Pioneer Artist Samia Halaby: “Abstraction Is An Image of Nature” (Arabic)

Format mpeg4, Bitrate 9.286 mbps

Beirut, Lebanon

February 4, 2015

At the age of 79, Samia Halaby is one of the leading artists in the Arab world.
Halaby’s first retrospective exhibition, Samia Halaby: Five Decades of Painting and Innovation, currently held in Beirut, celebrates more than 70 of her artworks she has produced. Halaby wishes to hold similar retrospective exhibitions in different parts of the world. Her work is widely sought around by art collectors. One her paintings were sold at Christie’s auction house for $179,000.
As an international and Arab pioneer of abstraction, Halaby aims to place abstract painting within the reach of a very wide audience.
“People say that they do not understand abstract art,” she says. “Therefore, I give paintings titles to open the door for spectators to enter and see whatever they want.” Halaby has remained faithful to abstract painting throughout her long career because she believes it is “an image of nature.”
“While [Photography] builds a perspective using a lens, [abstract art] imitates nature without a lens,” Halaby adds. The Jerusalem-born artist’s work reflects her political and historical background. Her vast array of paintings includes a collection on olive trees, an icon of Palestinian culture and symbol of resistance. She has also written a book on the artistic representation of the Palestinian intifada and believes that it constitutes a distinct artistic school

Shotlist

  1. L-R pan of Downtown Beirut and Beirut Exhibition Center
  2. Various of Beirut Exhibition Center from outside
  3. Tilt down of exhibition wall “Samia Halaby Five Decades of Painting and Innovation"
  4. Various of paintings
  5. R-L of Samia Halaby looking at painting
  6. Wide/ zoom out of painting
  7. R-L of Samia Halaby looking at painting
  8. Wide of paintings
  9. Various of Samia Halaby in exhibition reception lounge
  10. Various of exhibition wall “Samia Halaby Five Decades of Painting and Innovation"
  11. Medium of Samia Halaby’s face
  12. Close-up of Samia Halaby’s face
  13. Various of Samia Halaby talking to female reporter
  14. Wide of Samia Halaby talking on the phone
  15. Various of paintings
  16. Close-up/ zoom out of painting
  17. Wide of painting
  18. Tilt-up of two paintings
  19. Close-up/ tilt up of painting
  20. Wide of painting
  21. Close-up/ L-R pan of painting “Woman. Oil on Acrylic"
  22. Wide of female spectator next to painting
  23. R-L pan of paintings
  24. Various of paintings
  25. L-R pan of art construction hanging from the ceiling
  26. Close-up/ zoom out of art construction hanging from the ceiling
  27. Wide of suspended art construction and paintings
  28. L-R pan of suspended art construction and paintings
  29. Various of paintings
  30. Close-up of Samia Halaby talking

Script

  1. soundbite (Arabic)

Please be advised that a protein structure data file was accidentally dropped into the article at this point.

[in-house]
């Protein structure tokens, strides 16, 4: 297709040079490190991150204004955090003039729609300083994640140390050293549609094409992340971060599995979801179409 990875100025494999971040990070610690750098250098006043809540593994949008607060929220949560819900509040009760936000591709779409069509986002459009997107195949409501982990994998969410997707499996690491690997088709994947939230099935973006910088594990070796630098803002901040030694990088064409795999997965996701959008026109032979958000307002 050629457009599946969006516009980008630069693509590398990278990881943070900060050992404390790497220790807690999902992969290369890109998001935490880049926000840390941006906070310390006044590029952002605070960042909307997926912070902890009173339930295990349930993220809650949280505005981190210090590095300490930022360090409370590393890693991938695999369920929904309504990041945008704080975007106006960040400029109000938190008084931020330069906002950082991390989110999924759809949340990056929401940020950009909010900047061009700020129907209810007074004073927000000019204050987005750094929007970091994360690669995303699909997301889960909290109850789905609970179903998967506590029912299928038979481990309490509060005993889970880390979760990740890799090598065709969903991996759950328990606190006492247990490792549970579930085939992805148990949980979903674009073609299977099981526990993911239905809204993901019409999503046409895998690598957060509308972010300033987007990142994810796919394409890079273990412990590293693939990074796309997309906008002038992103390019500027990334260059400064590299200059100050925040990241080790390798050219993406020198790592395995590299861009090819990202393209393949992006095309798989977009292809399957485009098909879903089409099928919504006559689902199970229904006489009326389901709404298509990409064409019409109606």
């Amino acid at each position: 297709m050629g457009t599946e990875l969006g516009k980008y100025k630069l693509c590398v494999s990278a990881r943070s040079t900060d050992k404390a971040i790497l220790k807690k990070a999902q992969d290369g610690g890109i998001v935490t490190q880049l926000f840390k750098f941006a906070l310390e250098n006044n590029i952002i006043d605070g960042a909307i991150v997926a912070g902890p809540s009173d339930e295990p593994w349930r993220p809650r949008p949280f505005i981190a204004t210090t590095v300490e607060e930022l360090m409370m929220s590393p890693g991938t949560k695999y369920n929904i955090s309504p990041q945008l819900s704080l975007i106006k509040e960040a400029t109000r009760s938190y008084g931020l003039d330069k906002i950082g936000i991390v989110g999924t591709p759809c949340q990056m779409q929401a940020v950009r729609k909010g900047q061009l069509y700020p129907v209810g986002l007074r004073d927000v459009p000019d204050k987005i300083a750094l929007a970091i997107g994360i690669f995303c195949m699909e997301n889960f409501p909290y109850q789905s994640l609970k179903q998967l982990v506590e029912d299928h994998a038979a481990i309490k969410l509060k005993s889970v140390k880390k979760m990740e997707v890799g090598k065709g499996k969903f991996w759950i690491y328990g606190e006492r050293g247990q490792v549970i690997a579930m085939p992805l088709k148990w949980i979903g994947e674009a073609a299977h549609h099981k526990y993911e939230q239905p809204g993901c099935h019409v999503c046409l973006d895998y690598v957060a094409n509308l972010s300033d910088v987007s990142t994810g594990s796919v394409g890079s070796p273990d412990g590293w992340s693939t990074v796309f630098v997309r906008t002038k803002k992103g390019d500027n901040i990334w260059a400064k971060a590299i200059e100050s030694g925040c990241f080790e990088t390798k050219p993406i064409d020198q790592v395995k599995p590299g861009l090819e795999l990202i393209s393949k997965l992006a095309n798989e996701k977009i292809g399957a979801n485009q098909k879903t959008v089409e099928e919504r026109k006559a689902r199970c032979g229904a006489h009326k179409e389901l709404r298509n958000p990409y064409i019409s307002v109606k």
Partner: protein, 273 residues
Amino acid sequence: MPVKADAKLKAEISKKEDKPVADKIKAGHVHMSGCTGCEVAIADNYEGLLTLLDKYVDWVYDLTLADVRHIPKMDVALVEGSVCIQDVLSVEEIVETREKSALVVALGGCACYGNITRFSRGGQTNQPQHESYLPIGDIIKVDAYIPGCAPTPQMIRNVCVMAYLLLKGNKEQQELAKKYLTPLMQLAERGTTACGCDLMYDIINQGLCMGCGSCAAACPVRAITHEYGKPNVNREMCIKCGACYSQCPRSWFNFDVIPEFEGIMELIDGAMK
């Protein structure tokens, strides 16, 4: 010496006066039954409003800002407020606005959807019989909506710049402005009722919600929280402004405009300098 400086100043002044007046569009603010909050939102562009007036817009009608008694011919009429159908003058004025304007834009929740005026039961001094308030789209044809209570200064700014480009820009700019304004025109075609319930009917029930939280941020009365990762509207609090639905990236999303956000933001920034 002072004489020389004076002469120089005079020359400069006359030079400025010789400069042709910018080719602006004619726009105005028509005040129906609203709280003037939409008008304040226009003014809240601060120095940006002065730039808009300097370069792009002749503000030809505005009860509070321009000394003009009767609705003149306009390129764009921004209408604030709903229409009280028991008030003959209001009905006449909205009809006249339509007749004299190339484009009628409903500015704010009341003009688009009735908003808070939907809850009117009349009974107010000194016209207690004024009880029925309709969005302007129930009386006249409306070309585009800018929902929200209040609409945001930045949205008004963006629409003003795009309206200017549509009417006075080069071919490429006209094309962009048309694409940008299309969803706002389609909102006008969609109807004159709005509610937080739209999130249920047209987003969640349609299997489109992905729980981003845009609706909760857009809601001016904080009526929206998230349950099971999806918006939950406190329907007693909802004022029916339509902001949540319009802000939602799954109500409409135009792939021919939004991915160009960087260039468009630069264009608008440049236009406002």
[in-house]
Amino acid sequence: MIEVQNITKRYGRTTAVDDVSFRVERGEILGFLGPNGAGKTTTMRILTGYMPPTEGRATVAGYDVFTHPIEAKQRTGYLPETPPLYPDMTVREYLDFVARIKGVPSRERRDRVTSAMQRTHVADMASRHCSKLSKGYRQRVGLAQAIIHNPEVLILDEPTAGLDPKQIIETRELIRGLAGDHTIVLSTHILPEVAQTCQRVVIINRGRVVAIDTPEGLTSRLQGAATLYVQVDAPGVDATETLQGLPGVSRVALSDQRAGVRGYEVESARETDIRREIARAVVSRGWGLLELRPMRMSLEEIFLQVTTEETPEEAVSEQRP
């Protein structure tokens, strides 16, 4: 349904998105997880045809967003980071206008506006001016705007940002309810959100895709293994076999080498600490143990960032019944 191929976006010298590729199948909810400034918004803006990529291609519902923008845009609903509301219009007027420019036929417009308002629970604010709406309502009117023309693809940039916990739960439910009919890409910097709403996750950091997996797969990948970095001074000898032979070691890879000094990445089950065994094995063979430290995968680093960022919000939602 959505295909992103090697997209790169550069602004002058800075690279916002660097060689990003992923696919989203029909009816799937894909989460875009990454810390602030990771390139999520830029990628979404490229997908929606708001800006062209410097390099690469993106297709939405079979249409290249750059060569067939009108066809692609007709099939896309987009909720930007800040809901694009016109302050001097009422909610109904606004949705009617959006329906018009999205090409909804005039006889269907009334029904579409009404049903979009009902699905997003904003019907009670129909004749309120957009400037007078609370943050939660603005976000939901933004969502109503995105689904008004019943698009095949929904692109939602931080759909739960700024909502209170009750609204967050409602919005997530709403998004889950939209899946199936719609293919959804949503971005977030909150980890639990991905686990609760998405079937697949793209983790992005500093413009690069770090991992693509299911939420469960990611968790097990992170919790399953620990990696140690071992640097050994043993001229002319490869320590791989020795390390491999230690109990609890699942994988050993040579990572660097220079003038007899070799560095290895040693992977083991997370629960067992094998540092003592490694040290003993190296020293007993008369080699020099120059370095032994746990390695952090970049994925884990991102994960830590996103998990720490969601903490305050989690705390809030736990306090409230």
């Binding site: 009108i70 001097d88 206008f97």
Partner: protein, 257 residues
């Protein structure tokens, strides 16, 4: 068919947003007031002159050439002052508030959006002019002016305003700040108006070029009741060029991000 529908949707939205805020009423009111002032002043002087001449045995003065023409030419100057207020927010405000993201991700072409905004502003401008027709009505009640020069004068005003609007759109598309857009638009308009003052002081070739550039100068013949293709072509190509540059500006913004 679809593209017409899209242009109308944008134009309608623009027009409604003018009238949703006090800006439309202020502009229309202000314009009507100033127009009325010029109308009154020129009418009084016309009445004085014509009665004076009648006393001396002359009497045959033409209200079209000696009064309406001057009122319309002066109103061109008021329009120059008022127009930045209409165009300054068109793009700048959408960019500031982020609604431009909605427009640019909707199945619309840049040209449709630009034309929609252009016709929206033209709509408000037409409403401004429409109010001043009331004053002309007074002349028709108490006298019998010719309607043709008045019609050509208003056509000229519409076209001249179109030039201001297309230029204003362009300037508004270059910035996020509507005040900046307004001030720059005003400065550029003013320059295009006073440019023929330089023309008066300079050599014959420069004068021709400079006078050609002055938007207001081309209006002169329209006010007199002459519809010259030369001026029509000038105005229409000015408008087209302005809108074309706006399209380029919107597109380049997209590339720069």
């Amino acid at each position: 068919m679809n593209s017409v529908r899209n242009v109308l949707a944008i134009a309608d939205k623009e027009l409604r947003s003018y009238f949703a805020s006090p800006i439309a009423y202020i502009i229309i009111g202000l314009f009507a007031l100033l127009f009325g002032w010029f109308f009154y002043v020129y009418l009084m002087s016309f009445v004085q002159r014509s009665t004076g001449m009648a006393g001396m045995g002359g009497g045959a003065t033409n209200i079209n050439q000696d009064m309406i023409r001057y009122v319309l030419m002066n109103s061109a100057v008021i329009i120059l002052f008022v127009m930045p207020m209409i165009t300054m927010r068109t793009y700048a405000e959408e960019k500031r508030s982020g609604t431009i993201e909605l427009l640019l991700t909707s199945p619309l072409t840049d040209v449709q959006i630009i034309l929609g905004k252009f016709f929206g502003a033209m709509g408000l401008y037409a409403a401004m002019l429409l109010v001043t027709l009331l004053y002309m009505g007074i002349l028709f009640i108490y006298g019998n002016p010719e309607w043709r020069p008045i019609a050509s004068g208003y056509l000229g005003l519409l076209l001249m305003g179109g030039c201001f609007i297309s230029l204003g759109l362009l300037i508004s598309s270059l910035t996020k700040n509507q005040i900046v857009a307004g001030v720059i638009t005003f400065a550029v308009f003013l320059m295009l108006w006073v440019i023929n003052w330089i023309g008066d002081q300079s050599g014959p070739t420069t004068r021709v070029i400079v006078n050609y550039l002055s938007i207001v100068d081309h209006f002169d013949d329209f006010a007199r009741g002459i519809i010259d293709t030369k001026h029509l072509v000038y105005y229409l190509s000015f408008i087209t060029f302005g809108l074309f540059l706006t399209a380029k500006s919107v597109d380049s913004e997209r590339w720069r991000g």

Samia Halaby, Palestinian Artist : "- What are your dreams today? - I would like to repeat this retrospective exhibition at a European or an American museum, or even in China, but it should be an independent museum I wrote a book about the representation of the Palestinian intifada in paintings. After studying this, I found that these paintings constitute an art school, which has its own field of information. It resembles the Mexican art school. Also, I would to paint. I have many goals – more than my time can fit. The other thing I would like to do is return to computer programming. I would love to create new artwork using the computer. As Palestinians, we are always on the margin of… There is always racism against Palestinians, Arabs, and Muslims. These days, racism is mostly directed against Muslims; they have forgotten about us, Palestinians. If you are a woman, a Palestinian and a Muslim, then may God help you. A painting cannot express certain things without including text or figures. For example, a painting cannot recount history. You need to write history. I have a collection of paintings about the Kafr Qassem massacre. I also have a collection about olive trees. I did not include these works in the retrospective exhibition. The art with which I deal, the type of paintings that I produce is a based on research. I studied history in order to see what I can add to this large edifice – the culture of painting and photography. I would like to add something. This is my goal; I will either succeed or fail. Historically, abstract painting is the most recent form of art. Also, abstract art is an image of nature. When you take photographs using a camera, you will obtain something that descends from painting and coloring during the Renaissance. [Photography] builds a perspective using a lens, while [abstract art] imitates nature without a lens and does not take place in a second or a moment. People say that they do not understand abstract art; therefore, I give paintings titles to open the door to allow spectators to enter and see whatever they want. I do not want them to feel that this something that is far from them or sacred. It is something that is very natural. I have an experience with people who see things in paintings that I did not see. When they are able to love the painting, it means that they have seen something beautiful in their lives before seeing this painting. I painted this after I stopped painting still life. I started to assemble geometrical forms in a way that reflects Arabic style to a large extent. Part of the pattern is repeated very often. This is how I assembled this. I wanted black light to protrude. This form reflects light, and the black color is laid over violet. I learned this from the paintings that I made earlier."